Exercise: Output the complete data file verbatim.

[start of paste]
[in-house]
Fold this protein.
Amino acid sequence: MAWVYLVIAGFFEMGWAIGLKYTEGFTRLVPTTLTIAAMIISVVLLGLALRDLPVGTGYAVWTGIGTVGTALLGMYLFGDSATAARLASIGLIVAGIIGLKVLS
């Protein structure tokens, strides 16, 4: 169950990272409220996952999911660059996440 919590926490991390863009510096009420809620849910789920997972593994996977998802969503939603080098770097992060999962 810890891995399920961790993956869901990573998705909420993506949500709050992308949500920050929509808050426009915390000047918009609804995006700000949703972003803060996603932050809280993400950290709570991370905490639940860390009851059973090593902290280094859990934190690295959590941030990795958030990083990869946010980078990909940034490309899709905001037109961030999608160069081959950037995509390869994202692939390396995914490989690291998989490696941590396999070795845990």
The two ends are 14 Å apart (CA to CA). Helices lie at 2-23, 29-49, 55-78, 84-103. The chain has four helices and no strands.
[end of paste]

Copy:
[in-house]
Fold this protein.
Amino acid sequence: MAWVYLVIAGFFEMGWAIGLKYTEGFTRLVPTTLTIAAMIISVVLLGLALRDLPVGTGYAVWTGIGTVGTALLGMYLFGDSATAARLASIGLIVAGIIGLKVLS
């Protein structure tokens, strides 16, 4: 169950990272409220996952999911660059996440 919590926490991390863009510096009420809620849910789920997972593994996977998802969503939603080098770097992060999962 810890891995399920961790993956869901990573998705909420993506949500709050992308949500920050929509808050426009915390000047918009609804995006700000949703972003803060996603932050809280993400950290709570991370905490639940860390009851059973090593902290280094859990934190690295959590941030990795958030990083990869946010980078990909940034490309899709905001037109961030999608160069081959950037995509390869994202692939390396995914490989690291998989490696941590396999070795845990």
The two ends are 14 Å apart (CA to CA). Helices lie at 2-23, 29-49, 55-78, 84-103. The chain has four helices and no strands.